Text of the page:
I initially priced it at $.99 and sat back to watch as my dollars rolled in.
I’m still waiting by the way.
After three months of absolutely zero promotion or fanfare on my part, the book had scored a total of 7 sales and one, rather lovely review from a young reader (my only 5 star review and I’ll admit that it touched my black little heart and made me feel a bit mean about what I was doing).
Given that most self published authors seem to do virtually no promotion, I figured I was doing just fine. And hey, after Amazon’s cut I had earned a whole $2.31 (about £1.50) and was set to retire to the Caribbean any day.
Of course, the other option was to take it to the extreme and spam the world, but I just couldn’t bring myself to get banned everywhere I like or have people bitch about me on the net. So I avoided that option too.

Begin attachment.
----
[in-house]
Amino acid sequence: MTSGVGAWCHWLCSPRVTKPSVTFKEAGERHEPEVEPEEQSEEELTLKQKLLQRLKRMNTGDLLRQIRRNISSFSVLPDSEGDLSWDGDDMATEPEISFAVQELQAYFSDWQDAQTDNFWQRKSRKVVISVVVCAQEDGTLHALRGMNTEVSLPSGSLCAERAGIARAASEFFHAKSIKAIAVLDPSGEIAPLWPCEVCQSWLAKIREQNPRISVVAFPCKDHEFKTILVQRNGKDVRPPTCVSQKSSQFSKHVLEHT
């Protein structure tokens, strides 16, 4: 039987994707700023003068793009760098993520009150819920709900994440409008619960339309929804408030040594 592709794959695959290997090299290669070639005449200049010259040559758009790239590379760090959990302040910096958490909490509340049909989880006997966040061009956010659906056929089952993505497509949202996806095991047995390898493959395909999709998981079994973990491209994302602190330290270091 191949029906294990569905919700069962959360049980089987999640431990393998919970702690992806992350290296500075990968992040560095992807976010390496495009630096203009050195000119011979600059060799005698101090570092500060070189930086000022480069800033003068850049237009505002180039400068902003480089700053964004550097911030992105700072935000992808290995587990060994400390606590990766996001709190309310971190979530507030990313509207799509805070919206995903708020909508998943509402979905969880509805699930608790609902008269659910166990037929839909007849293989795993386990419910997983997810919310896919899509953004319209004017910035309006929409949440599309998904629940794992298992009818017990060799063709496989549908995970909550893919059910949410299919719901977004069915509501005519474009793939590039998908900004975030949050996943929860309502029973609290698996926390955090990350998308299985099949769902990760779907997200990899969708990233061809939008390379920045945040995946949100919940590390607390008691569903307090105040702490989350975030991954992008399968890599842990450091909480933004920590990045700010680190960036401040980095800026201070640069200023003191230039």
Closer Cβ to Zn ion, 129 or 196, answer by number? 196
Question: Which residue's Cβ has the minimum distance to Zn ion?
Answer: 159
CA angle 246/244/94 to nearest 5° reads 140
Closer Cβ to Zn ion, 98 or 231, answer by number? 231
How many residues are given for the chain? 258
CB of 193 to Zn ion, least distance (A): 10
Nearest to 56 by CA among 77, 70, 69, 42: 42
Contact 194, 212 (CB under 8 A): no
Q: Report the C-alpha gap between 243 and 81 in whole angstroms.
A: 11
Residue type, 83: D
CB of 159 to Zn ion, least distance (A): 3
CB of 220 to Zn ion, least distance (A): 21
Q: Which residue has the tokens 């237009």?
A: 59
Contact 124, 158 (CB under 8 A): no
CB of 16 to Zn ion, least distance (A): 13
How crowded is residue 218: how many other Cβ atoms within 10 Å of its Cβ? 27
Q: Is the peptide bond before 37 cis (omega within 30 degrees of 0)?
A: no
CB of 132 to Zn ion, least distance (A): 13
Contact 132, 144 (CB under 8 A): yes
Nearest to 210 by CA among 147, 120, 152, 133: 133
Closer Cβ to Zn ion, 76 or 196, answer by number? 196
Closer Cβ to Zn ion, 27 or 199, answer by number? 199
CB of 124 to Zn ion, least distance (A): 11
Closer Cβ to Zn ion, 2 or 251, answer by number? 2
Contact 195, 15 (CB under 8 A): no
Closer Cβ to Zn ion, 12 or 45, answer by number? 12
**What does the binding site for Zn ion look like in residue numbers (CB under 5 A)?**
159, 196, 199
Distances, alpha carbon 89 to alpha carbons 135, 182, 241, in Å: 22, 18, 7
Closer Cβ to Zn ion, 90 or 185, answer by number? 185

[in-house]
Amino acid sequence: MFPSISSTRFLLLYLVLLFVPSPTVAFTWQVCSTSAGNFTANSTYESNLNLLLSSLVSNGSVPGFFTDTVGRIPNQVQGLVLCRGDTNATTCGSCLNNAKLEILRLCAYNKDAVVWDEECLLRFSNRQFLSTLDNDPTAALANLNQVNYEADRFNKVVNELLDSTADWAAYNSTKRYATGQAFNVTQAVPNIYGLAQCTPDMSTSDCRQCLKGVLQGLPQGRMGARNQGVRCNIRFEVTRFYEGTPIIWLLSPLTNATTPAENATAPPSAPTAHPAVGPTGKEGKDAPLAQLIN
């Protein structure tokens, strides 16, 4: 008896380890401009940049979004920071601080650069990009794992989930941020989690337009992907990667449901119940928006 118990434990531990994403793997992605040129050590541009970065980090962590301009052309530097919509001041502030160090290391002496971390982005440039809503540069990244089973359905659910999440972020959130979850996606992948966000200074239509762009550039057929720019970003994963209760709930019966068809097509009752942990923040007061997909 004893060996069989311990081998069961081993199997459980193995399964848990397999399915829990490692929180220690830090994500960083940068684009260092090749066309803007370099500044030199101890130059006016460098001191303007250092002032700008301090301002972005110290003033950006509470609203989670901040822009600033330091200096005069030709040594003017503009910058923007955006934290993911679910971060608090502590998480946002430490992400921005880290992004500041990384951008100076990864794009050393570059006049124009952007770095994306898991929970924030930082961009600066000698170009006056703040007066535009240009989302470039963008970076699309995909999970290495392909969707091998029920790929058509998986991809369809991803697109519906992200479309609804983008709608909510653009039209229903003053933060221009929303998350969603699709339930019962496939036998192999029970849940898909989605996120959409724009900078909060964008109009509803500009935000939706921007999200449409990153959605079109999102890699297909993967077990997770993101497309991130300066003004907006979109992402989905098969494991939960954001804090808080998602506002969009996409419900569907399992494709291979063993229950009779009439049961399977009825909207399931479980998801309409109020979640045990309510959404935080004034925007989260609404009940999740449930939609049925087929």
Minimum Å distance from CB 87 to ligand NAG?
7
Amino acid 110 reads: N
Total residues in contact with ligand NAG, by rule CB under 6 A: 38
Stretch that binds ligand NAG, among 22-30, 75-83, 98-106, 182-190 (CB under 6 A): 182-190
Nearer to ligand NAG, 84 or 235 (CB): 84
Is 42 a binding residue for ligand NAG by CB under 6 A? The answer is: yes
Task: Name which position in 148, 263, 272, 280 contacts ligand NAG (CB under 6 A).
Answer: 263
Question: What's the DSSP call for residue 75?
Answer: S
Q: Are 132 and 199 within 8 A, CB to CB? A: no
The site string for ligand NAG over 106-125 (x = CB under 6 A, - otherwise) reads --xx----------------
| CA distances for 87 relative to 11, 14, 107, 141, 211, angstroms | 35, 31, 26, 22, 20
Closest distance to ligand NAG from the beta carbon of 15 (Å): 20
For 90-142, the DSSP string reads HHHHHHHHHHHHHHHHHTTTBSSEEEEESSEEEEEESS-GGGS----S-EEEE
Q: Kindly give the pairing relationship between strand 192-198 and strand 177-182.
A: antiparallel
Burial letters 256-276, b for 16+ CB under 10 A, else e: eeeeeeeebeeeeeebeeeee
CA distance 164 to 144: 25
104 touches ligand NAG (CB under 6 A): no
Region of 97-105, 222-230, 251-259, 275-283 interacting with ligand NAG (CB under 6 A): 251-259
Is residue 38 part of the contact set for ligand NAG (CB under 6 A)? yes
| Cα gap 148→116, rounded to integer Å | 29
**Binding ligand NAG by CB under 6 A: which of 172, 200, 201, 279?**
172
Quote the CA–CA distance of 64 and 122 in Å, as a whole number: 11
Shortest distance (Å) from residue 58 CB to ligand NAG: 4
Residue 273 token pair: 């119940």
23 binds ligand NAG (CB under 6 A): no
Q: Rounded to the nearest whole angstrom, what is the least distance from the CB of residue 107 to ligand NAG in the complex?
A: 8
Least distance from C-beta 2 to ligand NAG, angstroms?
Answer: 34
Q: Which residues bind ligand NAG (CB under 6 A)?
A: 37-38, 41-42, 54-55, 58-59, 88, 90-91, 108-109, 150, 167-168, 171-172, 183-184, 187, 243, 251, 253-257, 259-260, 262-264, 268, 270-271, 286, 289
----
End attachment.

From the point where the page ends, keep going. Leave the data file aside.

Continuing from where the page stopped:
Having seen other authors make the first book in a series free when they uploaded the second book, I decided to give that a go and uploaded a (slightly better edited, but not much) version of ‘Blood’ (again, I’m sorry folks) and made ‘Again’ free.
Now, making books free takes some time, but isn’t as complicated as it seems.
There is no option on Amazon to make a book free. The lowest price is $.99. However, you can make you book free on Smashwords, which I did. Then I submitted it to Smashwords premium catalogue and (after several resubmissions because Smashwords are more fussy about formatting) it was accepted.
This meant that it would be available on Barnes and Noble, also for free (yay).
Now you can price match with Amazon.
The easiest way to do this is to go to your book page at Amazon and click on the ‘tell us about a lower price’ button just below the description. Then enter the URL from B&N.
Note that Amazon WON’T price match from Smashwords, it has to be B&N.
Amazon will then, eventually, price match to the lower (free) price. This can take some time though and is kind of in violation of Amazons terms and conditions –